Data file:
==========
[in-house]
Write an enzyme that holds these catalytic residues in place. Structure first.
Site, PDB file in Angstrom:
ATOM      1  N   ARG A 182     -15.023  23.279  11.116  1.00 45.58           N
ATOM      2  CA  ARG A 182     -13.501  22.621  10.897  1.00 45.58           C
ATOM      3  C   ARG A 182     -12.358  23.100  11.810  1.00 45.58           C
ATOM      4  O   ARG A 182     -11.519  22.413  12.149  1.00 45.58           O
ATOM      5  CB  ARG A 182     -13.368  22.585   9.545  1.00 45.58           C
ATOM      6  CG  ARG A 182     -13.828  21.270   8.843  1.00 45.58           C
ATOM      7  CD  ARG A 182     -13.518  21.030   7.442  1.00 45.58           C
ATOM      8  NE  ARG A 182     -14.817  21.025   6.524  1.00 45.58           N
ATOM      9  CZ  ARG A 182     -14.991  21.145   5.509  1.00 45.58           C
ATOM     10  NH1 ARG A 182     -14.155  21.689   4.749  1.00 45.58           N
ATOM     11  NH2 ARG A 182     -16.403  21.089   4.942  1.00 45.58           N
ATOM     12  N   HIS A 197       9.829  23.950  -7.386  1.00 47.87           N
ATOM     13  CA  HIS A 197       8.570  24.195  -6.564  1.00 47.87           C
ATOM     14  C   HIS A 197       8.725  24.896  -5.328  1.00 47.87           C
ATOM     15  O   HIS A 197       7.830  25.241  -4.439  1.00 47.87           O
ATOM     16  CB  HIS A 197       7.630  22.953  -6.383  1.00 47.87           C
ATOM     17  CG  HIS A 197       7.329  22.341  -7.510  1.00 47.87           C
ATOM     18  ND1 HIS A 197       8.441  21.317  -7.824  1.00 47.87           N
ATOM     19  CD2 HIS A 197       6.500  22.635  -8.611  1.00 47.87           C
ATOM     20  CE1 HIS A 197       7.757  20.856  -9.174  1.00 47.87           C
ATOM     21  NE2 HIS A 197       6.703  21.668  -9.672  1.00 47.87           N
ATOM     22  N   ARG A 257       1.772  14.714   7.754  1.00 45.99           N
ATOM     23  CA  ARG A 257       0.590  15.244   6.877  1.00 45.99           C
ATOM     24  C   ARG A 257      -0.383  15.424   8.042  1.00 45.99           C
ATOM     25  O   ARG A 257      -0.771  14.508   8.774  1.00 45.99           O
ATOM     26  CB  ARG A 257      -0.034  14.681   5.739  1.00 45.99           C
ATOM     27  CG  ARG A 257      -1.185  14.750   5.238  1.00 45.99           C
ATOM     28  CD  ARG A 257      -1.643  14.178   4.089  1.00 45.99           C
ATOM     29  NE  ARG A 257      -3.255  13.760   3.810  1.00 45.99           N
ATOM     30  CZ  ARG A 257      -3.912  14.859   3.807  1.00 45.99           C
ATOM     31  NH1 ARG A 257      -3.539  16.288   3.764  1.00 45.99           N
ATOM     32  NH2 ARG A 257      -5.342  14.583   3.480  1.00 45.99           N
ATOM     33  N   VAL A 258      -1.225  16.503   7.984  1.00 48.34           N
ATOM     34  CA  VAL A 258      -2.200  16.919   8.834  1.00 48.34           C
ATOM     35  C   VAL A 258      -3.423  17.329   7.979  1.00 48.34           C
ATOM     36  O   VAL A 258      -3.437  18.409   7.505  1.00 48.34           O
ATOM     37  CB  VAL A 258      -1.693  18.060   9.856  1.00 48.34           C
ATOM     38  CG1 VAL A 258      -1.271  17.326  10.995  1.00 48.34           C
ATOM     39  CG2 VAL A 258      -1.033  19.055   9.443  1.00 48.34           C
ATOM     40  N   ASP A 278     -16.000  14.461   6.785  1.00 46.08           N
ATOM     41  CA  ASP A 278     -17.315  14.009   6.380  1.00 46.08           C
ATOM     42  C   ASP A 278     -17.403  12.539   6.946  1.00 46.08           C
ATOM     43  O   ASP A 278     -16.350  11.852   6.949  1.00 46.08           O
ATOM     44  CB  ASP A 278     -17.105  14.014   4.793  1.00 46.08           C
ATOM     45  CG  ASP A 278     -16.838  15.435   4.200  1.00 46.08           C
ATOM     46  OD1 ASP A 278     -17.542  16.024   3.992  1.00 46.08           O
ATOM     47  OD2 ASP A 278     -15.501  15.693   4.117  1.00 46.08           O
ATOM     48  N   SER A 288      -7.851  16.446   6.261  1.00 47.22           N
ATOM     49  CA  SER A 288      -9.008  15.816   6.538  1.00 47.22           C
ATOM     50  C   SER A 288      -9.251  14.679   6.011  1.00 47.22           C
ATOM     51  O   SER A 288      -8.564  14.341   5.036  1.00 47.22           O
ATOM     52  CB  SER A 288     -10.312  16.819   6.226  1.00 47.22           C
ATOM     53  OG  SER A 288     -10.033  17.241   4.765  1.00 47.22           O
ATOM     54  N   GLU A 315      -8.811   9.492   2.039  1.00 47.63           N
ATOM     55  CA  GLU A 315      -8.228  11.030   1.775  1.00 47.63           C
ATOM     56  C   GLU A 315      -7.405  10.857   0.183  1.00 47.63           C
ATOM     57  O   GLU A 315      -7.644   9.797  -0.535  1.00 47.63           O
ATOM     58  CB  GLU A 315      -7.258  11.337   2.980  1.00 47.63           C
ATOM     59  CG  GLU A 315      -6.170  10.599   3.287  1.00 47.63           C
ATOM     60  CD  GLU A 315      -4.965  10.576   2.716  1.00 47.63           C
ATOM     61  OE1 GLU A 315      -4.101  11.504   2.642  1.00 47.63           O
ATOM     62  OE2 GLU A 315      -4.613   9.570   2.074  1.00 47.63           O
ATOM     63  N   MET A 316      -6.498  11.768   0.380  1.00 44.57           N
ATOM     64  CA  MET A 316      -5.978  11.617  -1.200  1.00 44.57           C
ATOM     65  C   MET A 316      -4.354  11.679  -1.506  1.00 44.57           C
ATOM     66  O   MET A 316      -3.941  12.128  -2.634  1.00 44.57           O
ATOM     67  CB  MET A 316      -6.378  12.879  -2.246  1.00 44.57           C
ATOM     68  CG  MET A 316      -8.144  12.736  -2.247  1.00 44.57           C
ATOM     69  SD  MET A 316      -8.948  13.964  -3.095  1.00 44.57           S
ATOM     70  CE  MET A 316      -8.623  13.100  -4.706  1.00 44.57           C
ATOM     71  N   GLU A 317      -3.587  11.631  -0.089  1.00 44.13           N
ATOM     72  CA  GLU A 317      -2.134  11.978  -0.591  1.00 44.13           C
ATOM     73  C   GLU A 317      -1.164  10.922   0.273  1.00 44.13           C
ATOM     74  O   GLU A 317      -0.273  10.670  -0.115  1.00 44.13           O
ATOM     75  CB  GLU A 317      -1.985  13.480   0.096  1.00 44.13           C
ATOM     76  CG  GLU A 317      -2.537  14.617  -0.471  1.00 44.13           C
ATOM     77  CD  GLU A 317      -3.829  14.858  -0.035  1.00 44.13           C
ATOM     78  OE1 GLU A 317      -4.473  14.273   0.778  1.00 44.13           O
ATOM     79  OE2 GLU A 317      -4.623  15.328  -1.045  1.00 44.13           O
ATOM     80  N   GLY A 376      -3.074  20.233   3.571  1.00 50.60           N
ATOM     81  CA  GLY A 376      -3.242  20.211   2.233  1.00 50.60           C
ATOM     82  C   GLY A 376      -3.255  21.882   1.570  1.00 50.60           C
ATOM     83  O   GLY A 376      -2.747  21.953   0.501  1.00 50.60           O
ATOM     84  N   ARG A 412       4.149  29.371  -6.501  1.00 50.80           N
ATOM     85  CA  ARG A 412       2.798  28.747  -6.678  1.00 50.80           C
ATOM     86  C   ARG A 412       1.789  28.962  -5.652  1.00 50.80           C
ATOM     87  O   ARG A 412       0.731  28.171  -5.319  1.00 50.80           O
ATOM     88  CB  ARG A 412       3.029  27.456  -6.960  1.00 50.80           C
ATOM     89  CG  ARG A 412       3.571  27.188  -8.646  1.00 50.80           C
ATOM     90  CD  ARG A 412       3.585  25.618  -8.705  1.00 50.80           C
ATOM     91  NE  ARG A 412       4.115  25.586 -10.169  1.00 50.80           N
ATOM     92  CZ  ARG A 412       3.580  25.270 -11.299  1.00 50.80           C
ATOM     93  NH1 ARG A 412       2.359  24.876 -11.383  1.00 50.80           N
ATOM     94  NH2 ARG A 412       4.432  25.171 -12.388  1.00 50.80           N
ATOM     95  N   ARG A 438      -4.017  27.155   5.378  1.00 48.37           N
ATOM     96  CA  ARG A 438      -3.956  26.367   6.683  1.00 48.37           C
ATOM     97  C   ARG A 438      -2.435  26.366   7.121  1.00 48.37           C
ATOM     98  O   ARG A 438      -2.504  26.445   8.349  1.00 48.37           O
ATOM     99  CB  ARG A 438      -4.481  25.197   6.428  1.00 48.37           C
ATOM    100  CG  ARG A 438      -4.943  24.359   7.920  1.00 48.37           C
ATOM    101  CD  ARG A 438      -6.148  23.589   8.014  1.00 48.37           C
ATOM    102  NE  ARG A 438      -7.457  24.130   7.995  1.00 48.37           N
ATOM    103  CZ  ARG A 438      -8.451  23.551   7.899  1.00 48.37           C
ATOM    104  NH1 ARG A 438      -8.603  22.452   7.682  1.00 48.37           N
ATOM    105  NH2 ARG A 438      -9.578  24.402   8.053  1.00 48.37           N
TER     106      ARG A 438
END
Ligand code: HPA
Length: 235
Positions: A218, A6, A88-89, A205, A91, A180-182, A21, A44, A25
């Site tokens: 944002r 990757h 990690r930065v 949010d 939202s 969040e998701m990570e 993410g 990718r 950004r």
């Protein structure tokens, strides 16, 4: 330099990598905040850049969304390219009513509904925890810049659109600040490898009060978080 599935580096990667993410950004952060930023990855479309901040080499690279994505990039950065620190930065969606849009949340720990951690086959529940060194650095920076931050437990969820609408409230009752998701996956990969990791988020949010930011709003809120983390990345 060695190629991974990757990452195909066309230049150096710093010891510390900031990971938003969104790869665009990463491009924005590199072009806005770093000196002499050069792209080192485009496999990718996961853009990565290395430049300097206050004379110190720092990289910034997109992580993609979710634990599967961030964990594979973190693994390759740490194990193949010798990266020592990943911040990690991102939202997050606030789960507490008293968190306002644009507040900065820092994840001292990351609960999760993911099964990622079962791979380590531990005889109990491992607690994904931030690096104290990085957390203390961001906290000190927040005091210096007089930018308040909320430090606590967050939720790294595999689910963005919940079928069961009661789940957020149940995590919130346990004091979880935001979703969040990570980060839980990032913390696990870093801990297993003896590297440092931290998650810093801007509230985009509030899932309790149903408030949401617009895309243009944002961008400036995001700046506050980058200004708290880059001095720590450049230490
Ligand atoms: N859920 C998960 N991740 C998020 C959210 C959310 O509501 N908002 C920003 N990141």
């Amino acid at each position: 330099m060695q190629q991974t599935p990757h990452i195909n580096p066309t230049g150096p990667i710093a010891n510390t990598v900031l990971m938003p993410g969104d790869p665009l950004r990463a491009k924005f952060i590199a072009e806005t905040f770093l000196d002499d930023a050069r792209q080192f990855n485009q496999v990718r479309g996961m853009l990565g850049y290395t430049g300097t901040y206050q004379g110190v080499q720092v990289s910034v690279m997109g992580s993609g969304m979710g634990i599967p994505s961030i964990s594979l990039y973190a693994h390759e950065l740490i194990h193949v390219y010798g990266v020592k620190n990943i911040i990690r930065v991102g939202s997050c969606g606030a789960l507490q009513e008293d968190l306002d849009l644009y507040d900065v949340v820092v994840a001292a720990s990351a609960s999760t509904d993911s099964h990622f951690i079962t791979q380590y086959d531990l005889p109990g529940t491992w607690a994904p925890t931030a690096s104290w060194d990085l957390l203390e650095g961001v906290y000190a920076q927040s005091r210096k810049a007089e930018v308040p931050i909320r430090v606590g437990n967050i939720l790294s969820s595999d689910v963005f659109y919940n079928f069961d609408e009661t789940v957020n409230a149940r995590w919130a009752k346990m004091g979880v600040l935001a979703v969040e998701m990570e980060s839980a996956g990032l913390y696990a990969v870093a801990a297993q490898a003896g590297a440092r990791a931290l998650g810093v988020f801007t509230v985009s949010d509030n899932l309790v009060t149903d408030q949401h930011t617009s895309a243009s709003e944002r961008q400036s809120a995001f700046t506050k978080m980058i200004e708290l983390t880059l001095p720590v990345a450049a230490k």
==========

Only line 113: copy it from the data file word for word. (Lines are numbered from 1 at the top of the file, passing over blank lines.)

Positions: A218, A6, A88-89, A205, A91, A180-182, A21, A44, A25